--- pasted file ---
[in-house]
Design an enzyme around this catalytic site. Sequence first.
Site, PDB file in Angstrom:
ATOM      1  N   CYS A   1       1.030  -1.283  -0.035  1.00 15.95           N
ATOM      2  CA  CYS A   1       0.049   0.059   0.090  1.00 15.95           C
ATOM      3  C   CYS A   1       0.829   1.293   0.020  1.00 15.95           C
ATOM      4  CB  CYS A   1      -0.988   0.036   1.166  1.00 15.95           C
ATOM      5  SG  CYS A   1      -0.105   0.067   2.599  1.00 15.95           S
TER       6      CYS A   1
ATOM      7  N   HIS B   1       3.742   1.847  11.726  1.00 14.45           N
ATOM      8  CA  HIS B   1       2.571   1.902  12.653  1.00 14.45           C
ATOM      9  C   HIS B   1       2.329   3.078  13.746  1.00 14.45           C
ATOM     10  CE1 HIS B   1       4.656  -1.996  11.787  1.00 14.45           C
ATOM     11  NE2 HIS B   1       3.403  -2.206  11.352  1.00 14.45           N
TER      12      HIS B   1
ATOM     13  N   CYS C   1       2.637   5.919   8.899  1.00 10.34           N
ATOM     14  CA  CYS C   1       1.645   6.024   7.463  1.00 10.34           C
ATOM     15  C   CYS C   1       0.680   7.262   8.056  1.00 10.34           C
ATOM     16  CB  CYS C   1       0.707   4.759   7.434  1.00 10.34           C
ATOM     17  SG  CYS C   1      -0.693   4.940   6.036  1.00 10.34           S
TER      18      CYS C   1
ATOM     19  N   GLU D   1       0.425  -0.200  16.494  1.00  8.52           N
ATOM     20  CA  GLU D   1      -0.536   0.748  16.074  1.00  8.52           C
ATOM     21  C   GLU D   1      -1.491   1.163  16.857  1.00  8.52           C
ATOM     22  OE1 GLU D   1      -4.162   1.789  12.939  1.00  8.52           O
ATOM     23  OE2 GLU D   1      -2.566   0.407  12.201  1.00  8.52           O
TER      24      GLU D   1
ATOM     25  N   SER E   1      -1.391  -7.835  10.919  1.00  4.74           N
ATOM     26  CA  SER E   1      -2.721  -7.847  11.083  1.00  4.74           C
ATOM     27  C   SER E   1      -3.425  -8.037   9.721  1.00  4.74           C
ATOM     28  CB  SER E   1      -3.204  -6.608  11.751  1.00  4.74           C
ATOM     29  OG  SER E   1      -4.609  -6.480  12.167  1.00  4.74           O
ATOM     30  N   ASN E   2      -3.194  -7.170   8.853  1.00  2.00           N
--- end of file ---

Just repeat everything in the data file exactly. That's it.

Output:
[in-house]
Design an enzyme around this catalytic site. Sequence first.
Site, PDB file in Angstrom:
ATOM      1  N   CYS A   1       1.030  -1.283  -0.035  1.00 15.95           N
ATOM      2  CA  CYS A   1       0.049   0.059   0.090  1.00 15.95           C
ATOM      3  C   CYS A   1       0.829   1.293   0.020  1.00 15.95           C
ATOM      4  CB  CYS A   1      -0.988   0.036   1.166  1.00 15.95           C
ATOM      5  SG  CYS A   1      -0.105   0.067   2.599  1.00 15.95           S
TER       6      CYS A   1
ATOM      7  N   HIS B   1       3.742   1.847  11.726  1.00 14.45           N
ATOM      8  CA  HIS B   1       2.571   1.902  12.653  1.00 14.45           C
ATOM      9  C   HIS B   1       2.329   3.078  13.746  1.00 14.45           C
ATOM     10  CE1 HIS B   1       4.656  -1.996  11.787  1.00 14.45           C
ATOM     11  NE2 HIS B   1       3.403  -2.206  11.352  1.00 14.45           N
TER      12      HIS B   1
ATOM     13  N   CYS C   1       2.637   5.919   8.899  1.00 10.34           N
ATOM     14  CA  CYS C   1       1.645   6.024   7.463  1.00 10.34           C
ATOM     15  C   CYS C   1       0.680   7.262   8.056  1.00 10.34           C
ATOM     16  CB  CYS C   1       0.707   4.759   7.434  1.00 10.34           C
ATOM     17  SG  CYS C   1      -0.693   4.940   6.036  1.00 10.34           S
TER      18      CYS C   1
ATOM     19  N   GLU D   1       0.425  -0.200  16.494  1.00  8.52           N
ATOM     20  CA  GLU D   1      -0.536   0.748  16.074  1.00  8.52           C
ATOM     21  C   GLU D   1      -1.491   1.163  16.857  1.00  8.52           C
ATOM     22  OE1 GLU D   1      -4.162   1.789  12.939  1.00  8.52           O
ATOM     23  OE2 GLU D   1      -2.566   0.407  12.201  1.00  8.52           O
TER      24      GLU D   1
ATOM     25  N   SER E   1      -1.391  -7.835  10.919  1.00  4.74           N
ATOM     26  CA  SER E   1      -2.721  -7.847  11.083  1.00  4.74           C
ATOM     27  C   SER E   1      -3.425  -8.037   9.721  1.00  4.74           C
ATOM     28  CB  SER E   1      -3.204  -6.608  11.751  1.00  4.74           C
ATOM     29  OG  SER E   1      -4.609  -6.480  12.167  1.00  4.74           O
ATOM     30  N   ASN E   2      -3.194  -7.170   8.853  1.00  2.00           N